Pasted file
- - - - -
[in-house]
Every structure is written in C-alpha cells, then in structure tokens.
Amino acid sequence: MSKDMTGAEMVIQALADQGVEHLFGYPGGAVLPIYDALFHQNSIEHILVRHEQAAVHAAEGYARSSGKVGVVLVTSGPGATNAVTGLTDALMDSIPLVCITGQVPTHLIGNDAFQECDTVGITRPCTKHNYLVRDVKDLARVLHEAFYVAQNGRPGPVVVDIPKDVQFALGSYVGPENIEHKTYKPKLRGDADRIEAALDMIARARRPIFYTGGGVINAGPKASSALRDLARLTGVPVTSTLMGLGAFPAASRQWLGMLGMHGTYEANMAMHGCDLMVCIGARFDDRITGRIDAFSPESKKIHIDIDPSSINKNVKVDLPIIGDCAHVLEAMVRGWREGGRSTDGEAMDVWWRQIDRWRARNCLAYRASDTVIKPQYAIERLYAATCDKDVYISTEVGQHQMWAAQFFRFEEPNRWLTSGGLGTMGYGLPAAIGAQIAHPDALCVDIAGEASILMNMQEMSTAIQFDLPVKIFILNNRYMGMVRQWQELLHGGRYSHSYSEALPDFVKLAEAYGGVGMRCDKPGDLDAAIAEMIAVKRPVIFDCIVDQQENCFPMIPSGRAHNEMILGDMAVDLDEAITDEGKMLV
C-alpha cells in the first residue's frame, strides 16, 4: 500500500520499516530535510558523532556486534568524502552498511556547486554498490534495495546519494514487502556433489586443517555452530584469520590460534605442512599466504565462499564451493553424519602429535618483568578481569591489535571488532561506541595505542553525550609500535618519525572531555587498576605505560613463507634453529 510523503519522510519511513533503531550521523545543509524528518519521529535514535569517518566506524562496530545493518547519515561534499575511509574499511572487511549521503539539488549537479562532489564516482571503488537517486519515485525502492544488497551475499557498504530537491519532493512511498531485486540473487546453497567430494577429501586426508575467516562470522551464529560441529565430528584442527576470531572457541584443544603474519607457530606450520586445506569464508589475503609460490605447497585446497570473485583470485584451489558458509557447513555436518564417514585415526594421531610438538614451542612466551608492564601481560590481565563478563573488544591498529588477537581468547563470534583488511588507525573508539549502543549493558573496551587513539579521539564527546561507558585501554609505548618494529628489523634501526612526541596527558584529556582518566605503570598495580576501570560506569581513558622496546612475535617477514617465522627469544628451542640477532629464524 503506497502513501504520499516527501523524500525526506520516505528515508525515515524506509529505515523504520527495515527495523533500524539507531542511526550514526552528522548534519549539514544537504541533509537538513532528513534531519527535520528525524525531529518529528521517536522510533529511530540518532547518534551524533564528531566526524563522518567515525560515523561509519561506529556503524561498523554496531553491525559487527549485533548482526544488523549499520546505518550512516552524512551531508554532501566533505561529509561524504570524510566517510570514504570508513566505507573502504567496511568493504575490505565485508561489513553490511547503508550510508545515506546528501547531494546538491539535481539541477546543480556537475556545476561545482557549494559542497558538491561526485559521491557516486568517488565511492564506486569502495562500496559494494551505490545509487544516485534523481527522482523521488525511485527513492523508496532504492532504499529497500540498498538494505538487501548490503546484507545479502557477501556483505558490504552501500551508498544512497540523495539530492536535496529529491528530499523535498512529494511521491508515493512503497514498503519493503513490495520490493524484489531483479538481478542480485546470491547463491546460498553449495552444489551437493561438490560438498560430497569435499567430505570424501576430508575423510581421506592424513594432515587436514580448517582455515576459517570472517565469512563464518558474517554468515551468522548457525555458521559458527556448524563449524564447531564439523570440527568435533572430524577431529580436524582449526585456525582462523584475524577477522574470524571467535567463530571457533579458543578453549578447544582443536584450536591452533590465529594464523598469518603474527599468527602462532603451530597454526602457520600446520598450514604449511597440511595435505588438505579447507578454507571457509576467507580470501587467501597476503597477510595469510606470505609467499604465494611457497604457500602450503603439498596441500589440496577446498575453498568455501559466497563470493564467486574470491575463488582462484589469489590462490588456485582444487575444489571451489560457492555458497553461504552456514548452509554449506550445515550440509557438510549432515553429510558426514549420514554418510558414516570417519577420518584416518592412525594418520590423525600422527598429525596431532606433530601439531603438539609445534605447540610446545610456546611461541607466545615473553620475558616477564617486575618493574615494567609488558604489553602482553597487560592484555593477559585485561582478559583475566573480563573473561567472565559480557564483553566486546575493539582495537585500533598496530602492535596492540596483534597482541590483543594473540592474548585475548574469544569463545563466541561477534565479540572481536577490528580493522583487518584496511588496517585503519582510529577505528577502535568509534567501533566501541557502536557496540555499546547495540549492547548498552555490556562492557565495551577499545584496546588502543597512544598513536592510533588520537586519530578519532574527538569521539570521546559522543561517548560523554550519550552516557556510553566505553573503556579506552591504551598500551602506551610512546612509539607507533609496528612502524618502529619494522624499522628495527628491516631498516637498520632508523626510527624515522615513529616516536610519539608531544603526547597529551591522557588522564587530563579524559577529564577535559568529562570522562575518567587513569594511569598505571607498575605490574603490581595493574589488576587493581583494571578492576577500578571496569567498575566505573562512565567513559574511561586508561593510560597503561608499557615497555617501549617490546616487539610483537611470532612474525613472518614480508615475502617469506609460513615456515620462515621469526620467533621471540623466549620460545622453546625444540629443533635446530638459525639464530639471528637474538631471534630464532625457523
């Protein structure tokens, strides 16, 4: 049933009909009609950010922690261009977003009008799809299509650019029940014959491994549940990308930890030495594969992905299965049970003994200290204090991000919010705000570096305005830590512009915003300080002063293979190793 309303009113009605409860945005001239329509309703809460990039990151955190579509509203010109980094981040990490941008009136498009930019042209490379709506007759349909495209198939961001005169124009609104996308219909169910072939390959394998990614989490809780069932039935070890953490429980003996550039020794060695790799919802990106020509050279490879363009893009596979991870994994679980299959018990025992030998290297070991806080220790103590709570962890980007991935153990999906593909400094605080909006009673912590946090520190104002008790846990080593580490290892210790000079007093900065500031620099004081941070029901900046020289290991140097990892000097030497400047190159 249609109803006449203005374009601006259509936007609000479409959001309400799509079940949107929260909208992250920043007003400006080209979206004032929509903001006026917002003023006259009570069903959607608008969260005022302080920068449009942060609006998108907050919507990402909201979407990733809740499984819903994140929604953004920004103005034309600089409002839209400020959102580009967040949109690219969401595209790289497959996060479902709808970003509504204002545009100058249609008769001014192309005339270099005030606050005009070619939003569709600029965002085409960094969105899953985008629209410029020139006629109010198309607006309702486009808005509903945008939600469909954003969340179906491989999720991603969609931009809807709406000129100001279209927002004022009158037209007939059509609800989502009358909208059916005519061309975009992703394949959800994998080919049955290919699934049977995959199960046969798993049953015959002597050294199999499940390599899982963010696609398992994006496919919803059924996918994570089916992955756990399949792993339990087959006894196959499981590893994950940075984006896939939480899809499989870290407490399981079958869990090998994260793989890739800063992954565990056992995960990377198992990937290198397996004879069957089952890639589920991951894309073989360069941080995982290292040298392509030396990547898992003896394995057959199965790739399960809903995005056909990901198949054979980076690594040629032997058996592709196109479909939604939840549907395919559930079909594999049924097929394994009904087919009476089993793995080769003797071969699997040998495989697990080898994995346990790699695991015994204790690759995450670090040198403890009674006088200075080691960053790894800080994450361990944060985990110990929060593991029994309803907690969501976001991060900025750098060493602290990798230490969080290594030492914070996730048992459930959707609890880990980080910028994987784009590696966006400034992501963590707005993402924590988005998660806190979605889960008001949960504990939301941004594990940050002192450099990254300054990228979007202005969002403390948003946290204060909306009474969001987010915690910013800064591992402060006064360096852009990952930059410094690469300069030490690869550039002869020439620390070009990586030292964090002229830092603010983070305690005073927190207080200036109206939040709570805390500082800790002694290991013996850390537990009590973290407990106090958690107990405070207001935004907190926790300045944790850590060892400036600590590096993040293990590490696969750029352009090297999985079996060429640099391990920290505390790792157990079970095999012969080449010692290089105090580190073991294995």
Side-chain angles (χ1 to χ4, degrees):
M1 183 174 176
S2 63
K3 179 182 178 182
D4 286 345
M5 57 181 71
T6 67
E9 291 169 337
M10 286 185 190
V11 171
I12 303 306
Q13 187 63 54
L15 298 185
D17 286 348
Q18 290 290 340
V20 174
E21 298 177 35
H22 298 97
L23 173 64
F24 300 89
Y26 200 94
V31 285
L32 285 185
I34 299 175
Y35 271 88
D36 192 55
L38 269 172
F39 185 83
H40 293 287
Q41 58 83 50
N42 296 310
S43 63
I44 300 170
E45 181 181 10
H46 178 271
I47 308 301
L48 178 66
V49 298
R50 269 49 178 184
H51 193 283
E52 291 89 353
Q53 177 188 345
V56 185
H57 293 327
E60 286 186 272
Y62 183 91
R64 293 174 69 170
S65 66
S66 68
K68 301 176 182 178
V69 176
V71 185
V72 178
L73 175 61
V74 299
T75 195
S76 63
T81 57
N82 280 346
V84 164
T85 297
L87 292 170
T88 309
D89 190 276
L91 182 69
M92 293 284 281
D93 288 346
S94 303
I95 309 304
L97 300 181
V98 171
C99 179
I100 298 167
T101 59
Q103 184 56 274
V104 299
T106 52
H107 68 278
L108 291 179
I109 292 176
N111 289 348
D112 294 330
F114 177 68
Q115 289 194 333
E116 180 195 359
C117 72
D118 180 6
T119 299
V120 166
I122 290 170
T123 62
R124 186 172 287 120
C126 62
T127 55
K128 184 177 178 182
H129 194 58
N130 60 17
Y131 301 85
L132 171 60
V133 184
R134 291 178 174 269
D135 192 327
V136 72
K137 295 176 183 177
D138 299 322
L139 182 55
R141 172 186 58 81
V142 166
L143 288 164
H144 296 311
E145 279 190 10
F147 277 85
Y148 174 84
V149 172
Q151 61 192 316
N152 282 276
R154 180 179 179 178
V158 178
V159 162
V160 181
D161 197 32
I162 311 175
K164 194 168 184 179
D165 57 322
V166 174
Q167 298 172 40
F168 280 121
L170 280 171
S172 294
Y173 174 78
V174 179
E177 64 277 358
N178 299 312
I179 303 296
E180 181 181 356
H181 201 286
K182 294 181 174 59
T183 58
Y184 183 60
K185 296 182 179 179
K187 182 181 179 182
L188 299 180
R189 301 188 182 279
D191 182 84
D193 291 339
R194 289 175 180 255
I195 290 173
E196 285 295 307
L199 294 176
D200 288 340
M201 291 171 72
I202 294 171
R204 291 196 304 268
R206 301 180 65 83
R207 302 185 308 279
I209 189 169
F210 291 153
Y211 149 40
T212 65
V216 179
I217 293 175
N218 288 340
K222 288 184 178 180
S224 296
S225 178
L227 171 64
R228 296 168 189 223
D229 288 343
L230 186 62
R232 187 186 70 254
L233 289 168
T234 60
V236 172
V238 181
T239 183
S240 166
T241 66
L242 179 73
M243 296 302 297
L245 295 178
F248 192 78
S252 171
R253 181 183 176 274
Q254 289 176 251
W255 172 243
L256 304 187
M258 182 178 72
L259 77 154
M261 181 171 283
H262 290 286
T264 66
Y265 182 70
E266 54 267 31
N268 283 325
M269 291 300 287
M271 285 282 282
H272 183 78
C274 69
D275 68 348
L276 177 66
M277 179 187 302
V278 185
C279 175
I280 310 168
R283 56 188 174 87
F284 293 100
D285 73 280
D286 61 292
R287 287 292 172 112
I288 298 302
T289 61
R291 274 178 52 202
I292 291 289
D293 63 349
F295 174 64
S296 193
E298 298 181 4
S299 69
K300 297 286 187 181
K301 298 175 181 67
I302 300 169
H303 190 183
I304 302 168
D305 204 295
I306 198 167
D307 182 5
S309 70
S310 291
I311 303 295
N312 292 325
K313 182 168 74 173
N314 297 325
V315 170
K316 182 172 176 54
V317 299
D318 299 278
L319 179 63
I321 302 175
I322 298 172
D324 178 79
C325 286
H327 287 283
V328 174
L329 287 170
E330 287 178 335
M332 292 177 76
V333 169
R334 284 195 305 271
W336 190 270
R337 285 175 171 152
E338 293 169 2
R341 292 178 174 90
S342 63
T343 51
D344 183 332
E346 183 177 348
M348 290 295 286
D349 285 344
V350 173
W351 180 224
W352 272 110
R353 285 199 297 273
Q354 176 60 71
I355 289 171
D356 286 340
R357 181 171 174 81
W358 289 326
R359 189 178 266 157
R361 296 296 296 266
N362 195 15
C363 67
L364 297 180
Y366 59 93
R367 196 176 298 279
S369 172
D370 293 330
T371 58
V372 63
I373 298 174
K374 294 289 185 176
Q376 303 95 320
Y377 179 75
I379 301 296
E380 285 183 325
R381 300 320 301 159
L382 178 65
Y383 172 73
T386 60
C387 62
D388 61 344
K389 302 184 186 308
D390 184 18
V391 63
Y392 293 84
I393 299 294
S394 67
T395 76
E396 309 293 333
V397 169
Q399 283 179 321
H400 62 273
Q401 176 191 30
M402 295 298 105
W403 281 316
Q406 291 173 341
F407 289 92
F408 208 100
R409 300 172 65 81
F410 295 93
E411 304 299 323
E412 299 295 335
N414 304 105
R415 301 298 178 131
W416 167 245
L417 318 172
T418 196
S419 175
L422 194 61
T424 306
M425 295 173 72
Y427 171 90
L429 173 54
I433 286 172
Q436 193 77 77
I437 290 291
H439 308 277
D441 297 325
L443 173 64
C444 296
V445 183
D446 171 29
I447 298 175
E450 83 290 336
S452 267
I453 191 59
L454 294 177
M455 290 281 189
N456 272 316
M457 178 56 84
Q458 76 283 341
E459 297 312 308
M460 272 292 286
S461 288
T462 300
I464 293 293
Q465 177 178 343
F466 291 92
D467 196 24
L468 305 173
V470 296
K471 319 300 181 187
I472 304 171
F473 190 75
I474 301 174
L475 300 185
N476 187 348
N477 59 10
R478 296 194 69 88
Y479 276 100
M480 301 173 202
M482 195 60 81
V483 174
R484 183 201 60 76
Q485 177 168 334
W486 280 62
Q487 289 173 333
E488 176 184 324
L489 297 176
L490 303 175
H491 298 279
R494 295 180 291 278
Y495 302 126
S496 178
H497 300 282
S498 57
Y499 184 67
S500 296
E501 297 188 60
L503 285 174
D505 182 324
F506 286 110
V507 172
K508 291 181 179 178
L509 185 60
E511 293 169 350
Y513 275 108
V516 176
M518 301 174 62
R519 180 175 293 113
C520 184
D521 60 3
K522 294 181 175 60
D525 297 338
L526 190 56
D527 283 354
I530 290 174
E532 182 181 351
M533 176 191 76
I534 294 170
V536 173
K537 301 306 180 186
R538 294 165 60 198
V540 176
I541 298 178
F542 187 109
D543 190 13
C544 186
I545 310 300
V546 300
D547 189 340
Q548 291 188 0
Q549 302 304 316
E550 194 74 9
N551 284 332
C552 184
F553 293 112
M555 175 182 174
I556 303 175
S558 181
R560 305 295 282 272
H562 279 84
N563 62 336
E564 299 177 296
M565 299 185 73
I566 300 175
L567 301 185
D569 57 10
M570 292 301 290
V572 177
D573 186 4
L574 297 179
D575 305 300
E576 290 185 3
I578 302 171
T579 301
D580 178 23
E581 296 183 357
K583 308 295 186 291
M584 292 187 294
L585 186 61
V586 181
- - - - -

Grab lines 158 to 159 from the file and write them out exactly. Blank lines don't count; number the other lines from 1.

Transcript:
R204 291 196 304 268
R206 301 180 65 83